After centuries of being kept under lock and key, the Vatican has started opening its Secret Archives to outsiders in a bid to dispel the myths and mystique created by works of fiction such as Dan Brown's Angels and Demons.
The archives, until now jealously guarded from prying eyes, provide one of the key settings in Brown's thriller, in which Harvard "symbologist" Robert Langdon, played in the 2009 film by Tom Hanks, races against time to stop a secret religious order, the Illuminati, from destroying Vatican City.
...They have been open to carefully vetted academic researchers for more than 100 years, but in the last few months the Vatican has granted tours to select groups of journalists and members of the public, allowing a glimpse into one of its inner most sanctums.
Note though that the 'secret' archives remain off-limits; so hardly the Vatican's dirty laundry laid out for all to see. Full story here.
NBC will tonight (Friday, Oct. 16) air Dan Brown's only prime-time interview, in a special feature titled "Secrets of The Lost Symbol":
In a rare and exclusive interview with NBC News' Matt Lauer, Dan Brown talks about his latest book, the power of the human mind and what he thinks this country should know about its founding fathers.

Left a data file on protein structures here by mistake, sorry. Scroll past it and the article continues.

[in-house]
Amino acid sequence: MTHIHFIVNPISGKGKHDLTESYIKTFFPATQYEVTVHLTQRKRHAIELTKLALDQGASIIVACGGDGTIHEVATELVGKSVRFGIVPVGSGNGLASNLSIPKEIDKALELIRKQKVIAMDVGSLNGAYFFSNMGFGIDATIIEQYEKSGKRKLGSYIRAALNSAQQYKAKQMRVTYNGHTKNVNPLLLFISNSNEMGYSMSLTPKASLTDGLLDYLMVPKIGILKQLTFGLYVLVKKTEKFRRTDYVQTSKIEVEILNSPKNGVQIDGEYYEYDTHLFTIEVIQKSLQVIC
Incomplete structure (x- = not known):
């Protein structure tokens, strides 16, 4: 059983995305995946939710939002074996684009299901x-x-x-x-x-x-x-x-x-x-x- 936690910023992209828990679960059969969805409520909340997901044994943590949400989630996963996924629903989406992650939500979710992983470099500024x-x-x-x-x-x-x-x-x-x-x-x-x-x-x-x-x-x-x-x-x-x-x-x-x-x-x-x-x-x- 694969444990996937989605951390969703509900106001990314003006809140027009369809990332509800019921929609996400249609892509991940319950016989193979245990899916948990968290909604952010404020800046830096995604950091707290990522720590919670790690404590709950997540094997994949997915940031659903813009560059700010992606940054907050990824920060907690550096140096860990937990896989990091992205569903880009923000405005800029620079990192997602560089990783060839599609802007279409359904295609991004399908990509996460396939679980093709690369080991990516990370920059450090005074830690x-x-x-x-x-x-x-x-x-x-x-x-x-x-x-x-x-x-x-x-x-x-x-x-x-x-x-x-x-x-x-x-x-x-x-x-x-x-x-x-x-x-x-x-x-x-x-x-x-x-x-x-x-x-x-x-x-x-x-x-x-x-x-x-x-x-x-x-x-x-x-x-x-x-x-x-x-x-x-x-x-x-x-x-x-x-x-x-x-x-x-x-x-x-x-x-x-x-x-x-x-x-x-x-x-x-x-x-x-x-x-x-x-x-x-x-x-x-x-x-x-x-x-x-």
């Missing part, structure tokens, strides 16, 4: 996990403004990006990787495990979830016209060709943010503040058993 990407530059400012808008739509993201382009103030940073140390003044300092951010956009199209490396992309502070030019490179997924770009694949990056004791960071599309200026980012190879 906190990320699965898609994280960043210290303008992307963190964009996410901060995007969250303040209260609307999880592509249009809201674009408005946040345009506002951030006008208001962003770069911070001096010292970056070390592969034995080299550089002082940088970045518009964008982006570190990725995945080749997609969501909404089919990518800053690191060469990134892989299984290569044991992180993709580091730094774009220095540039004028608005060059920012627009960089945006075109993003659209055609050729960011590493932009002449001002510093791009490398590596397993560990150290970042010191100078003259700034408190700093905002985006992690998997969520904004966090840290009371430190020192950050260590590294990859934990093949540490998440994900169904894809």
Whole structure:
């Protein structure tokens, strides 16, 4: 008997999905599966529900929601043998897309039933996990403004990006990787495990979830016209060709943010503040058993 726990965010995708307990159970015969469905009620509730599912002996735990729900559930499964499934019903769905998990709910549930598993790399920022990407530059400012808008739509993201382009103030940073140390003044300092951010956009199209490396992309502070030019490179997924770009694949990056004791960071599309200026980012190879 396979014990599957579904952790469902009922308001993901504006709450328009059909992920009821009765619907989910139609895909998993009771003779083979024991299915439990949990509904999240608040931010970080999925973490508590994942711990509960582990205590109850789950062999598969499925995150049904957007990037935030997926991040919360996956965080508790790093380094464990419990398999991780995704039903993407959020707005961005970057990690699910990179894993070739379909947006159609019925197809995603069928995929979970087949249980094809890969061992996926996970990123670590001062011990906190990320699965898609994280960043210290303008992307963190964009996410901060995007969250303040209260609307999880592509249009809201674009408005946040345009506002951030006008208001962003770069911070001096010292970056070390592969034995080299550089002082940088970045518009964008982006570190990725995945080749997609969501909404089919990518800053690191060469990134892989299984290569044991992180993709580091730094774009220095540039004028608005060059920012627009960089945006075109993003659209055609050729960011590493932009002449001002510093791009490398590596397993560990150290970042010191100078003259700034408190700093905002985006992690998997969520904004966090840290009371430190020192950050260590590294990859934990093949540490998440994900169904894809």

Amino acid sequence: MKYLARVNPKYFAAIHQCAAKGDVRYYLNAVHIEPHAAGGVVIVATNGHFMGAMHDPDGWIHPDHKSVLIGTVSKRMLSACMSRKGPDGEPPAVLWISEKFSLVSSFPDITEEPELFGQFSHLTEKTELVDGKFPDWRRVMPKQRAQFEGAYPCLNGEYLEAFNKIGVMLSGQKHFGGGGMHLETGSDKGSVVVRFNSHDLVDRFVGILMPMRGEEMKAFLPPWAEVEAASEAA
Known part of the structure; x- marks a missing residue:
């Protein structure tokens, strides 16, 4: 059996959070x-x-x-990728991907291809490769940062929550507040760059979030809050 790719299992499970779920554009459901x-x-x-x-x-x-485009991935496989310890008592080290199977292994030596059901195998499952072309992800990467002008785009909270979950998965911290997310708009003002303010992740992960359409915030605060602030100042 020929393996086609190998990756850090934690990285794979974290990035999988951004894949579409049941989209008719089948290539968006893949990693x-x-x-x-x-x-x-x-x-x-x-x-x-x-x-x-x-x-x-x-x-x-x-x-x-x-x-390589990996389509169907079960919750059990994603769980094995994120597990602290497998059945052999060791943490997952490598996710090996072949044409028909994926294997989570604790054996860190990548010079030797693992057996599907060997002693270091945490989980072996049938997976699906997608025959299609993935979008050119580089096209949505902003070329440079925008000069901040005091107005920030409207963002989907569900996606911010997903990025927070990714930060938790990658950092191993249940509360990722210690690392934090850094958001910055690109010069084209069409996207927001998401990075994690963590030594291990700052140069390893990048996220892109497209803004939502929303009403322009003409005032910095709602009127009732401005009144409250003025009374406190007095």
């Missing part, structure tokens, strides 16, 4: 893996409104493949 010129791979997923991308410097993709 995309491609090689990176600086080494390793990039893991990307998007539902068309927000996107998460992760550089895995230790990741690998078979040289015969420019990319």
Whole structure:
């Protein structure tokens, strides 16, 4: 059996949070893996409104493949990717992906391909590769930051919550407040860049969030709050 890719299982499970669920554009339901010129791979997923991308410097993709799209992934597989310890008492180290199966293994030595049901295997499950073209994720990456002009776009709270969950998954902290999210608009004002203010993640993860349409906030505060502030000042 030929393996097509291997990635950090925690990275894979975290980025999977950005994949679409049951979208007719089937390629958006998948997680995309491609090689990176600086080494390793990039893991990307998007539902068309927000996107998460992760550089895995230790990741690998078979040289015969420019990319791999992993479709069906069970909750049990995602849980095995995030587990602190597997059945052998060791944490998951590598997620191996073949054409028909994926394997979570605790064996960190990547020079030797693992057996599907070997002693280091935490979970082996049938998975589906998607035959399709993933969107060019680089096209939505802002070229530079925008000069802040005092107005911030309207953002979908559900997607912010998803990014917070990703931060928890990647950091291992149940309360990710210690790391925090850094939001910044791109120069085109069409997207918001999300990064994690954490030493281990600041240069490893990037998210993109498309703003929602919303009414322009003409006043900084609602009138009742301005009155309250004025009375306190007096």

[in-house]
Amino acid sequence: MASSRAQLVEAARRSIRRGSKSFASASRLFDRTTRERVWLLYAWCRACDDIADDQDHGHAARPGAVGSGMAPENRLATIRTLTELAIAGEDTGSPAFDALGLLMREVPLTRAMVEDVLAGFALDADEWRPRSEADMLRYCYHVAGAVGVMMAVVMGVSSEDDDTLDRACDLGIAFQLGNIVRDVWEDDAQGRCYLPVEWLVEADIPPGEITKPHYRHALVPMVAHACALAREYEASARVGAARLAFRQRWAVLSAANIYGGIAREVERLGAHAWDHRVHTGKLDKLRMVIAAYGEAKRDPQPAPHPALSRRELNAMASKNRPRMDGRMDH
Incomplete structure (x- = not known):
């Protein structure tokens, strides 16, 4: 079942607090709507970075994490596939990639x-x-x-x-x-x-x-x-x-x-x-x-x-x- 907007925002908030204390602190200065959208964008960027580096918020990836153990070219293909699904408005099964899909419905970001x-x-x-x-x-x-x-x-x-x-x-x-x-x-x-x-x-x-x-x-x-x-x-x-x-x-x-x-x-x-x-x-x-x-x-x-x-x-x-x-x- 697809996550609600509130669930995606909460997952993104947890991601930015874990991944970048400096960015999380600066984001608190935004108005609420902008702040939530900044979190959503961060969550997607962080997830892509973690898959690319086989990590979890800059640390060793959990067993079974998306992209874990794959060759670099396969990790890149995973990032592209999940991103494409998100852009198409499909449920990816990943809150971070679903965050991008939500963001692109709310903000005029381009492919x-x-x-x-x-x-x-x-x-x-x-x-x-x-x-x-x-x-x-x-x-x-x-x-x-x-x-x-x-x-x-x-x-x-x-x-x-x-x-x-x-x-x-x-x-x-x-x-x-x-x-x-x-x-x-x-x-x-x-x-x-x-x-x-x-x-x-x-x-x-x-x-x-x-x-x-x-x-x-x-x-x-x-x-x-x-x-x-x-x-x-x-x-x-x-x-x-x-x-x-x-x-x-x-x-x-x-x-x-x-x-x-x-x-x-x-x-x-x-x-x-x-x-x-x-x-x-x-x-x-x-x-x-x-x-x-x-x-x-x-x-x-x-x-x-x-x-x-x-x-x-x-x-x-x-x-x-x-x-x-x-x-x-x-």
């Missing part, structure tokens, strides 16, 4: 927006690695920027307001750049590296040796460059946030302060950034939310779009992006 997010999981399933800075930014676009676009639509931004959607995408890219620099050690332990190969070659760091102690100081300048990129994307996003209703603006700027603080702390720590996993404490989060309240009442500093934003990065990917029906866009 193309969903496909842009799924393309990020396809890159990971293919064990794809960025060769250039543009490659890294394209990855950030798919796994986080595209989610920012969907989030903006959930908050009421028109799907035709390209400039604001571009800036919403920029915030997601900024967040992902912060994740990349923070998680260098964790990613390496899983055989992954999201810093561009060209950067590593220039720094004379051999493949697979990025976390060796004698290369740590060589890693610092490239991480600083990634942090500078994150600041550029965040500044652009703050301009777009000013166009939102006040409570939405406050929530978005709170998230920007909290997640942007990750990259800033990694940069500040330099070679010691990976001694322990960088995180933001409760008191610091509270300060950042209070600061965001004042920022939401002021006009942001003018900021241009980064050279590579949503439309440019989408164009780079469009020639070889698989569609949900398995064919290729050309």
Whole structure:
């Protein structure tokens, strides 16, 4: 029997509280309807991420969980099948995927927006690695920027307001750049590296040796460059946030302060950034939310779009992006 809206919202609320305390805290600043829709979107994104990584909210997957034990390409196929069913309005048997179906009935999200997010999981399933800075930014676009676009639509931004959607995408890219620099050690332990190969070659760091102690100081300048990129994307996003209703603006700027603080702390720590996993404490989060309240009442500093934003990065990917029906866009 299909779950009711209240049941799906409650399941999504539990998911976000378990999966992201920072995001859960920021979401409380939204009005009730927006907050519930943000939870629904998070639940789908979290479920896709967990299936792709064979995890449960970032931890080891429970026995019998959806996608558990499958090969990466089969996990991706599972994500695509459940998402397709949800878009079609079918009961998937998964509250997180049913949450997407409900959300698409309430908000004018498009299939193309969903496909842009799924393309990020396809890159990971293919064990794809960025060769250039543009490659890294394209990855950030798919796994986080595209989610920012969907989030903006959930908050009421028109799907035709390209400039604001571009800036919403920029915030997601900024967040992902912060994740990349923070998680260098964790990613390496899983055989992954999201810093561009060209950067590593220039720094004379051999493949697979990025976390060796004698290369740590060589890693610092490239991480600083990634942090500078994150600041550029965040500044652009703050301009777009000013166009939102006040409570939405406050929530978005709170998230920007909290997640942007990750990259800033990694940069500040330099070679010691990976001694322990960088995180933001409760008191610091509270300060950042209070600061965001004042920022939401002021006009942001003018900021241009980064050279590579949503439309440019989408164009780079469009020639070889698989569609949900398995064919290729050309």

You can watch a preview here - will be interesting to see what DB has to say. Seems Matt Lauer is his man, with this latest feature coming on the heels of the pre-Lost Symbol release interviews with Lauer on the Today show.
Many Freemasons were mighty relieved when The Lost Symbol was released - for months they'd expected Dan Brown to portray the Craft in a negative light. Instead, the novel was a big love-in - a fact that surprised many people, including Maureen Dowd (in the New York Times).
If Brown's admiration for the Brotherhood wasn't overt enough in the pages of his latest novel, now comes a letter he wrote to the Scottish Rite in Washington, D.C. Asked to speak at a meeting of the Scottish Rite, Southern Jurisdiction (they of the 'House of the Temple' in D.C.), DB couldn't appear in person, but did offer these words (h/t/ to Chris Hodapp's Freemasonry for Dummies blog:
Guests of the Southern Jurisdiction,